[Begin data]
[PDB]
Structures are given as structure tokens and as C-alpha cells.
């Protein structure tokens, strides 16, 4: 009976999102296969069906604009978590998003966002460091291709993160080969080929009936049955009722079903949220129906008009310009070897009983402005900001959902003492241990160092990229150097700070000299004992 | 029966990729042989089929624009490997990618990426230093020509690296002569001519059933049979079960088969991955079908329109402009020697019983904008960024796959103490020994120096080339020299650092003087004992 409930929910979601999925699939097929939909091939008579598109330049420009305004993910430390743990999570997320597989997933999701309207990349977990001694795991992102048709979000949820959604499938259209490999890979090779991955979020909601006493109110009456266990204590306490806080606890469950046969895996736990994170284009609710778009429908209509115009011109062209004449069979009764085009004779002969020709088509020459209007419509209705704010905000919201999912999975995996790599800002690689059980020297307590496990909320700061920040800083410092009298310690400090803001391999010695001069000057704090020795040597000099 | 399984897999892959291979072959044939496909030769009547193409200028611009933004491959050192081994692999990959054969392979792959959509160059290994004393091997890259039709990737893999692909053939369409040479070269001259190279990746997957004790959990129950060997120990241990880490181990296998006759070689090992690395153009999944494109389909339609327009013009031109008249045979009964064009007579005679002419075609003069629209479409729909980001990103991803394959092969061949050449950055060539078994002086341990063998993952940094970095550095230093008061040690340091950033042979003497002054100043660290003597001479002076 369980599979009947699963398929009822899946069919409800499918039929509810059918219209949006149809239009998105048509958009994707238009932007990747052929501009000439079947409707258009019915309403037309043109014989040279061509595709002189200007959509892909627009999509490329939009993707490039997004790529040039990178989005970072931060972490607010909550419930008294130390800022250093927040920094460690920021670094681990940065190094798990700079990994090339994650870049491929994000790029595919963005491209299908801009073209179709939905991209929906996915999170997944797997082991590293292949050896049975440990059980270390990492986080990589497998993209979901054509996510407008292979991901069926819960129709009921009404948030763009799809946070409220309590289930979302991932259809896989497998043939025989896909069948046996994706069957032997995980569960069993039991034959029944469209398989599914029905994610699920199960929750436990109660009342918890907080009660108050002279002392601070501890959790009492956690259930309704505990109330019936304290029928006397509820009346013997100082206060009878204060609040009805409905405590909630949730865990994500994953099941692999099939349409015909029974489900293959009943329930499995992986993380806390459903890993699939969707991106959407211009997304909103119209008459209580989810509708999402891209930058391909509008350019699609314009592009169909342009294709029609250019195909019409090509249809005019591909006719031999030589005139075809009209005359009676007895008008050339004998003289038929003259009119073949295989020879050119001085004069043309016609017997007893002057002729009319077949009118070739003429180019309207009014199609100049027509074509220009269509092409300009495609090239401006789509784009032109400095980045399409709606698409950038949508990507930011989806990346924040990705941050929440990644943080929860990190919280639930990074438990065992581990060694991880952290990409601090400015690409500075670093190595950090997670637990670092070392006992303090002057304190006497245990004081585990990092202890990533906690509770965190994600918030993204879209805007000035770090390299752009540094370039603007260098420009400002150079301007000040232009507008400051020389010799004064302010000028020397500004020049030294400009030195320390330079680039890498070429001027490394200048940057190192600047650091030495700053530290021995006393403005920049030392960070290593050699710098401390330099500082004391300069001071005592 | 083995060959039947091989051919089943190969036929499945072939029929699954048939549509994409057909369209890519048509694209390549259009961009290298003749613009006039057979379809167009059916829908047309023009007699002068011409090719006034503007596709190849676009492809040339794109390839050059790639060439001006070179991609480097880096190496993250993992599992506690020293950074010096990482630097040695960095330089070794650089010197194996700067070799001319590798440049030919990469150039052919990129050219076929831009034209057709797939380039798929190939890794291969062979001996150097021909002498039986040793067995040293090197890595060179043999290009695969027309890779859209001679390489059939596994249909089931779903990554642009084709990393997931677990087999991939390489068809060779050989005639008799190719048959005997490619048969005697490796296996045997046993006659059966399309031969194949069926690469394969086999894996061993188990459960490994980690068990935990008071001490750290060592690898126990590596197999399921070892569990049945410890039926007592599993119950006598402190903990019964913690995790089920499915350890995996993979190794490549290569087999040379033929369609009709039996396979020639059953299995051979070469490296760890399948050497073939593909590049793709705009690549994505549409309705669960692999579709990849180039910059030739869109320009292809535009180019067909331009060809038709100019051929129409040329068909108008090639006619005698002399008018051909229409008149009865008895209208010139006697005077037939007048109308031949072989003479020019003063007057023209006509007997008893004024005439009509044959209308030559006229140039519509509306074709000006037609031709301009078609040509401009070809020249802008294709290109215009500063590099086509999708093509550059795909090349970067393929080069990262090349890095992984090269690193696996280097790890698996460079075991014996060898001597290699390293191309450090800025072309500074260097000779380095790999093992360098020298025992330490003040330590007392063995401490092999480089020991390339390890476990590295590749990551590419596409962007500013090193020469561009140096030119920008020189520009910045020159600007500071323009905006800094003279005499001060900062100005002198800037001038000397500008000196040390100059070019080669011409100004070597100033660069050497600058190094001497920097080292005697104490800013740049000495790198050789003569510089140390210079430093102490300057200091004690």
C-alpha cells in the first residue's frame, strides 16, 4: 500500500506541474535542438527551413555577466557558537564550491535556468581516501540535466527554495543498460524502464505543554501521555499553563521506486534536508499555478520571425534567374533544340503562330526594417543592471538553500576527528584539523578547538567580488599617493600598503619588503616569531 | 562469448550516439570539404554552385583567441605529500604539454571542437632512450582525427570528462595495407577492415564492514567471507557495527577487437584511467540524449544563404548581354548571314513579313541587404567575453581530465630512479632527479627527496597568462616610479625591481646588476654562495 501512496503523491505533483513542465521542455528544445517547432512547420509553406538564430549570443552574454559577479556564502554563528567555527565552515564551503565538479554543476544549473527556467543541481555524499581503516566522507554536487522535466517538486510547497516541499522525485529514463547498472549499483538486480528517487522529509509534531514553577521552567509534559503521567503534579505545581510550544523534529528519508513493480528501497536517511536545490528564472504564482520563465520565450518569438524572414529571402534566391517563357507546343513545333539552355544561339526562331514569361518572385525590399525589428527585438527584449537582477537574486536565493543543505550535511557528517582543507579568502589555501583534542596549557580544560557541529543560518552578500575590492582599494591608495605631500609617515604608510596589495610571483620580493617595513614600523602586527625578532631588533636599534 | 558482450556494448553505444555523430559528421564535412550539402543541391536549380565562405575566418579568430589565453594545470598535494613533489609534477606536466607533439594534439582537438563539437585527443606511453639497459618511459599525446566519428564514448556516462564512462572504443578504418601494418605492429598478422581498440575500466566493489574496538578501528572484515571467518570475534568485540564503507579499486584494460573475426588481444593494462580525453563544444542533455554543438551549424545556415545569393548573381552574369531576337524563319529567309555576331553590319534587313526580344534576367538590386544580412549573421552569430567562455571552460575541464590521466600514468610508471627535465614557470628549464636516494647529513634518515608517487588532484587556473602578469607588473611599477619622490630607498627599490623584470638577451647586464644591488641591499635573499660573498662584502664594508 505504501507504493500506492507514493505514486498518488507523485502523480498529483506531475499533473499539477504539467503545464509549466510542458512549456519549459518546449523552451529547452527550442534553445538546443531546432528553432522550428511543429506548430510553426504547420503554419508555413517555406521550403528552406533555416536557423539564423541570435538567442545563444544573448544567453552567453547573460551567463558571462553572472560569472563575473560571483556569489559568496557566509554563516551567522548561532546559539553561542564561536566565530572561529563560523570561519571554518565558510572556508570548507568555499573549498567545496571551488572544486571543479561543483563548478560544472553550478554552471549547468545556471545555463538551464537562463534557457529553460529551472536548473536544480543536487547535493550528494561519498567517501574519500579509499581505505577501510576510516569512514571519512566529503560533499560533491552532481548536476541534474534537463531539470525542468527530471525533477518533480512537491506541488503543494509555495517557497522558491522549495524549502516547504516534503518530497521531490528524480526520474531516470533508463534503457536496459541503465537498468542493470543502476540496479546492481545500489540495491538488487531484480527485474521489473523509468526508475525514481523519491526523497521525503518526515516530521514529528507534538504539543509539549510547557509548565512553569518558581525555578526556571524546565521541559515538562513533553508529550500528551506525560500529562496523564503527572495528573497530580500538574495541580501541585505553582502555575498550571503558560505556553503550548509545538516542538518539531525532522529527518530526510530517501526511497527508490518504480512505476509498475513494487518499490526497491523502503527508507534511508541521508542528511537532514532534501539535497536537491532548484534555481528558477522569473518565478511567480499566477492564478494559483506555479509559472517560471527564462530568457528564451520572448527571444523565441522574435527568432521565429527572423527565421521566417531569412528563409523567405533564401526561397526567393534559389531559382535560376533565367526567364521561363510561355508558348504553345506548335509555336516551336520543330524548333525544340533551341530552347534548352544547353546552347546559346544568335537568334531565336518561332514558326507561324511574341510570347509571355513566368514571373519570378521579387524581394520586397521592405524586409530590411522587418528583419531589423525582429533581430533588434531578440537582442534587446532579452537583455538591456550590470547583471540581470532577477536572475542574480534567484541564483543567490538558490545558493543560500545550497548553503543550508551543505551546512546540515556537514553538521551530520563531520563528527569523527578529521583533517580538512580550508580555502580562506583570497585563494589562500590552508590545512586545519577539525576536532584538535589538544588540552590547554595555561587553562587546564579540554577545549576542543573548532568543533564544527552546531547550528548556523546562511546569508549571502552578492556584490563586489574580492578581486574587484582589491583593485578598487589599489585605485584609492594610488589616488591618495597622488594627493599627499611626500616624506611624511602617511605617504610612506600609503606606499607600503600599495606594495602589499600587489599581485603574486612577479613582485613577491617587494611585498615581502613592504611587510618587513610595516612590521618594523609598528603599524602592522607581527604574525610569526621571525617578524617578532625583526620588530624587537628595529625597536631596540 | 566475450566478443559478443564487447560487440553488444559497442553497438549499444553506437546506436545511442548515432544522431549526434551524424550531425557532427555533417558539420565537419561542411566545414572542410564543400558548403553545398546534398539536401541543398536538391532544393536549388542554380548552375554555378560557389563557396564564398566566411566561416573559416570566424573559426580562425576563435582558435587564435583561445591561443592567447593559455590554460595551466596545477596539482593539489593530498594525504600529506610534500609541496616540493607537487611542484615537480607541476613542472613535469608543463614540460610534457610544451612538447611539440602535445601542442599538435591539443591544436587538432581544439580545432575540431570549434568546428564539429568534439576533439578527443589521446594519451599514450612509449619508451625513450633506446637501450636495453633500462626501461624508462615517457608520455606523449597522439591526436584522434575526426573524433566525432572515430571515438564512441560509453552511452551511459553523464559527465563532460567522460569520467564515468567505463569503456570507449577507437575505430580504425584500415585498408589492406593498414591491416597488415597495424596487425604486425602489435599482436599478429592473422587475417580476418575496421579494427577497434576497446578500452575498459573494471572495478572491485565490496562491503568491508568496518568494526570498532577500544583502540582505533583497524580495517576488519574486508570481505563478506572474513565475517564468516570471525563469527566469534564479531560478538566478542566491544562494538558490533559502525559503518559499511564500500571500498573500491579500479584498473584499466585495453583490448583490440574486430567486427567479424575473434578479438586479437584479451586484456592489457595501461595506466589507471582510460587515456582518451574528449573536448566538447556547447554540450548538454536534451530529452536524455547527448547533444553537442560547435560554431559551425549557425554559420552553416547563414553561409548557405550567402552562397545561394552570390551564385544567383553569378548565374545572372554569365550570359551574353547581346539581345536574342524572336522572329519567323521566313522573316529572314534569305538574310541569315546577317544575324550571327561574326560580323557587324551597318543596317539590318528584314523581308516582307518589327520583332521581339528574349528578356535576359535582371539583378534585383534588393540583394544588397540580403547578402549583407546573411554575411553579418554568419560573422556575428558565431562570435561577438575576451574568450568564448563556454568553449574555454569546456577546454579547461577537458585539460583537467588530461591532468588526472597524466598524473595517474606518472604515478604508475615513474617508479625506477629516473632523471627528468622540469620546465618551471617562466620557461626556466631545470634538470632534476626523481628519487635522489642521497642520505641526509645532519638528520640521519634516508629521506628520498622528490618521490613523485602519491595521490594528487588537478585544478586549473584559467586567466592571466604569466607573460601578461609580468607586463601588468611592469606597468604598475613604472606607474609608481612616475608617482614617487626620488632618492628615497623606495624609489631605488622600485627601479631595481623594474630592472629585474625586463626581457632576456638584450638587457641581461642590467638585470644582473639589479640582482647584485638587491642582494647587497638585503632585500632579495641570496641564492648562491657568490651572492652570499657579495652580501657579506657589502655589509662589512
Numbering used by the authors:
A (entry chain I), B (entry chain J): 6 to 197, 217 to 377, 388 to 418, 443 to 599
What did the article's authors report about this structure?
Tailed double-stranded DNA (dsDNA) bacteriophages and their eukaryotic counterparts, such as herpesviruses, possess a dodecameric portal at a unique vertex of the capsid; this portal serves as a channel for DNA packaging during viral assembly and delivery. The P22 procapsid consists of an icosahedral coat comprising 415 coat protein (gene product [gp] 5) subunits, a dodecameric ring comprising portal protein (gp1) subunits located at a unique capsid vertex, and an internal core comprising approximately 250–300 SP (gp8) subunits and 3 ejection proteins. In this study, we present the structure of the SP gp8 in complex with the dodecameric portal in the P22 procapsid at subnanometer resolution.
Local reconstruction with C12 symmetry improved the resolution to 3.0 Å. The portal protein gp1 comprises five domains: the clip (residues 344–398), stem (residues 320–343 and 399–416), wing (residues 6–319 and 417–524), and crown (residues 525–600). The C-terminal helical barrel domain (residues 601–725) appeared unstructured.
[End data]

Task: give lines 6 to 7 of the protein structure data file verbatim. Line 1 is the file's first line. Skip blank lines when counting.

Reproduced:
A (entry chain I), B (entry chain J): 6 to 197, 217 to 377, 388 to 418, 443 to 599
What did the article's authors report about this structure?